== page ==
Despite having clear guidelines on employee rights in the UAE, it is usual for residents to be forced to accept less than what they're owed in case of resignation or termination.
From conditions of notice periods to arbitrary dismissals, there are laws protecting both employee and employer interests.
End of contract
When you resign, your employer's acceptance or rejection of your resignation is not essential legally. Even if the resignation was submitted by email, it is considered accepted from the date of submission. Therefore, your contractual notice period (up to a maximum of three months) starts from this date.
Your dues and receivables differ based on whether you are terminated on account of redundancy (cost-cutting) or if you're terminated in what is considered arbitrary dismissal (wrongful termination).
In arbitrary dismissal, employers are liable to compensate the employee for wrongful termination along with gratuity and other dues. In redundancy, there is no such compensation other than gratuity pay and/or notice period compensation.
Your rights and responsibilities
You have to serve notice period when resigning, and this will usually between one month and three months based on your contract. It cannot be more than three months as per law, and your employer cannot force you to work longer than that.
Your notice period is counted from the day of resignation or termination. In case of termination, the employer might ask you to work during the notice period or pay you the salary for the period before letting you go.
According to Article 131, your employer is not obligated to pay your air fare to your home country unless it is specified in the labour contract. If it is mentioned, the firm is obligated to all fares as specified by contract.
In this case (contractual obligation), however, if the employee enters into the service of another sponsor or employer after, then the latter becomes responsible for air fare from the point of recruitment. If the termination is by fault of the employee, the employer is not legally liable to pay for air fare if the employee has the means to pay - even if it is mentioned in his or her labour contract.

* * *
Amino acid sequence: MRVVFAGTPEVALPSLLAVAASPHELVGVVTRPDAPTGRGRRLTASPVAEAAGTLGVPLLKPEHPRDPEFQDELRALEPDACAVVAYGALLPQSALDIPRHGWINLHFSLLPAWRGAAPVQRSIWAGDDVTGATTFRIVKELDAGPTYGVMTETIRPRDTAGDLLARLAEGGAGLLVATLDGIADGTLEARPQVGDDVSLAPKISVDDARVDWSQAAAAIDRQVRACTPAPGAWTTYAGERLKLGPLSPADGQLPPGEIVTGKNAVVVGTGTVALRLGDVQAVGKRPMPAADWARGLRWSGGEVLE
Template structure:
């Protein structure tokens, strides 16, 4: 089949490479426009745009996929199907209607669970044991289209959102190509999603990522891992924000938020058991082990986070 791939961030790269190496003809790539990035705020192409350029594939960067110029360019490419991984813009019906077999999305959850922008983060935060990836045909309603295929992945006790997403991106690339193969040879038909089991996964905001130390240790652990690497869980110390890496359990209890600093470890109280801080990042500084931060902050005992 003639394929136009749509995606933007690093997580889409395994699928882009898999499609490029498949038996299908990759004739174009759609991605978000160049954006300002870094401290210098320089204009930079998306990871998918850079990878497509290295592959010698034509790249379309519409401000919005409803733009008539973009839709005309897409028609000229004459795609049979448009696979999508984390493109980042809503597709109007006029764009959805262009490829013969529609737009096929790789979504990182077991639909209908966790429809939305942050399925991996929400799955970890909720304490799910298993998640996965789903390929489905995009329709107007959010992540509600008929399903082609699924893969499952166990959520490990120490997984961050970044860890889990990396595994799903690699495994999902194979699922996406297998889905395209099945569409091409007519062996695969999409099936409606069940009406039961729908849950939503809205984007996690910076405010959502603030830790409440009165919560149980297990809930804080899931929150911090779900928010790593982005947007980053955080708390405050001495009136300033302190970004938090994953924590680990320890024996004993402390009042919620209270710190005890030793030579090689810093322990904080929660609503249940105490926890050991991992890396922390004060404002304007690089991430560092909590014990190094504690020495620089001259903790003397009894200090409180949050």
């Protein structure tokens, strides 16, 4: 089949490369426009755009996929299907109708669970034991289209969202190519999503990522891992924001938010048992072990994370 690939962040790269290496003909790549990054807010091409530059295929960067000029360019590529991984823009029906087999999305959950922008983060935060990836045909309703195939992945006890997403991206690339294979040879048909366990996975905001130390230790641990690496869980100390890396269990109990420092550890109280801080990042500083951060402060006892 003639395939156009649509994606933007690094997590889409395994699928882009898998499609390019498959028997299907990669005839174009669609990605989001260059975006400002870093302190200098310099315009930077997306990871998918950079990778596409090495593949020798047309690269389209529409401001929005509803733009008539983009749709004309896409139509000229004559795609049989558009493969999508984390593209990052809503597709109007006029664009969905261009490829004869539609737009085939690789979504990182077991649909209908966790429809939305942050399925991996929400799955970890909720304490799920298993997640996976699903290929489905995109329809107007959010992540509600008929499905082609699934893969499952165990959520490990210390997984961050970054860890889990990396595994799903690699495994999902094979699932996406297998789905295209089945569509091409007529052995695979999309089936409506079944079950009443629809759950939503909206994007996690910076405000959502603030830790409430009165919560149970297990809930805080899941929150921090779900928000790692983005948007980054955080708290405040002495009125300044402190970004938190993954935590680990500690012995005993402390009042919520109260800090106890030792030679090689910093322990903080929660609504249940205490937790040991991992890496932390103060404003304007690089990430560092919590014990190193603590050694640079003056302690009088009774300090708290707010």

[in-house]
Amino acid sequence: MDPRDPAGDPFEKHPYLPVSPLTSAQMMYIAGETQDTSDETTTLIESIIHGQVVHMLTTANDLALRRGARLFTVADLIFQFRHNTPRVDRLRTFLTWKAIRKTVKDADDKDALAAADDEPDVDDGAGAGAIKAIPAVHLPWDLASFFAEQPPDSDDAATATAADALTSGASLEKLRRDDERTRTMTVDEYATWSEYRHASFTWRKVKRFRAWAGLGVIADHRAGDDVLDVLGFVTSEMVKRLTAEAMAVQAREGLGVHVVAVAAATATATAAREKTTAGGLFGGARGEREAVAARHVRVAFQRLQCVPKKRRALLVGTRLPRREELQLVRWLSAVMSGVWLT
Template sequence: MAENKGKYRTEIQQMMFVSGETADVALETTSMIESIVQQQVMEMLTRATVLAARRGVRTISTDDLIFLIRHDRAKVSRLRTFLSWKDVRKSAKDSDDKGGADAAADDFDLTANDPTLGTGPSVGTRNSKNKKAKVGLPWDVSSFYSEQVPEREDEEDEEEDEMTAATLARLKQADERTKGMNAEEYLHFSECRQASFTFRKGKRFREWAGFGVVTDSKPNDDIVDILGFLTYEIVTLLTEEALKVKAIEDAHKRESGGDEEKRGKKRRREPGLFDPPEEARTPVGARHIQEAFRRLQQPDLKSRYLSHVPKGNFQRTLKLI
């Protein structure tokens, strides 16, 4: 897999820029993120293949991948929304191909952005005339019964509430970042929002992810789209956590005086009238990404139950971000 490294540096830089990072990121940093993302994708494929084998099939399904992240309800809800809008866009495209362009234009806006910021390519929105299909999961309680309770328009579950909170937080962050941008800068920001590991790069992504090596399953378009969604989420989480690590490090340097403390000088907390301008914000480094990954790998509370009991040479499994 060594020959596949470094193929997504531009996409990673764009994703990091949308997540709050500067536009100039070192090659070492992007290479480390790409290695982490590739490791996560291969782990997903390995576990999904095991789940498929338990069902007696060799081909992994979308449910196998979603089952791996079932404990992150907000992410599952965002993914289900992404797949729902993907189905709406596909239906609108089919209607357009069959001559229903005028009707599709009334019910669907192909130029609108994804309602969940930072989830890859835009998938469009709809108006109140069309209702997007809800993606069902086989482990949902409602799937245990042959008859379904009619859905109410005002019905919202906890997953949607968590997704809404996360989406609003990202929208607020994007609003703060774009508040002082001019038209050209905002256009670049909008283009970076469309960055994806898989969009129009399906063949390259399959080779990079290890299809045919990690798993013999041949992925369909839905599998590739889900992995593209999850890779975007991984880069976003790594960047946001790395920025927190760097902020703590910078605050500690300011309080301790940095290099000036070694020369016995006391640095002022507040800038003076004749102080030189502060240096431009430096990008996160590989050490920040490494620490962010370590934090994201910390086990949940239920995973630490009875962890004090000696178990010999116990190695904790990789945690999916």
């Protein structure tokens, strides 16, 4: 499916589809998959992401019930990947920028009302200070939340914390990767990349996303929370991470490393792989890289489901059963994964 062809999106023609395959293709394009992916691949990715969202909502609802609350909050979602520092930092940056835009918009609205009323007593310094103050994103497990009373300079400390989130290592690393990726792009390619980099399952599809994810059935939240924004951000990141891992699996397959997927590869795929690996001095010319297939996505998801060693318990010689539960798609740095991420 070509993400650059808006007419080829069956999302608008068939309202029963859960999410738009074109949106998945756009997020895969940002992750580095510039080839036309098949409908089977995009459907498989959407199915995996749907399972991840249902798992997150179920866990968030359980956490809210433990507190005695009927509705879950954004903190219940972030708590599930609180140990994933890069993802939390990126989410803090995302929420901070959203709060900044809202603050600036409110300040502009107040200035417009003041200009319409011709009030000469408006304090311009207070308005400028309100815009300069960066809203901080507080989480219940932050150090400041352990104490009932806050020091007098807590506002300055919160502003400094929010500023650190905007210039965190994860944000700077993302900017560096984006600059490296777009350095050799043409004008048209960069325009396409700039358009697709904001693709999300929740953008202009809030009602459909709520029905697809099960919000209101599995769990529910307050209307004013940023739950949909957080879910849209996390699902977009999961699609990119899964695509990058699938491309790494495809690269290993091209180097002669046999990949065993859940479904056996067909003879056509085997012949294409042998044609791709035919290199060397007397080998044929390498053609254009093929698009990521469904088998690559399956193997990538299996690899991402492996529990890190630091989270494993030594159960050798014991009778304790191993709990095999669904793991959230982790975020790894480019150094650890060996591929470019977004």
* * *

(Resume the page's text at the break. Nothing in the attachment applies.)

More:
This law is specific to the cost of a travelling ticket for the employee. Other costs such as shipping or family repatriation are also legally payable if agreed upon in the labour contract or as per contractual company policies.
You, as an employee, are never required to reimburse your employer for visa costs at any time. Visa costs and sponsorship costs are the sole responsibility of the employer and regardless of how or why your contract is terminated, you are not legally liable to pay for this. Companies have been known to ask for installment-based deductions for visa costs from employees - this is illegal and punishable by law.
According to Article 125 of the UAE Labour Law, an employee upon end of contract should be given an end-of-service certificate detailing start date, end date and nature of work performed during the period of employment. It may also state your latest pay or wage details if requested.
An employee can request this certificate upon the end of his or her contract, and the employer would be liable to furnish this, along with any and all certificates belonging to the employee.
Payment of gratuity pay depends on how long you have been employed for as well as your contract type.
Visa cancellation and passports
Charges of visa cancellation and the process are the employer's responsibility.
Your passport should be handed over to you immediately after the completion of cancellation.
Many employers still force employees to give up their passports for 'safe-keeping' or as 'guarantee' but this is illegal according to the UAE Labour Law. Only a competent court or other federal authority is allowed to keep your passport.
Some companies agree to give up passports only close to the time of departure from the country - this is also illegal. At no time is your employer allowed to keep your passport, unless visa renewal or cancellation is in progress.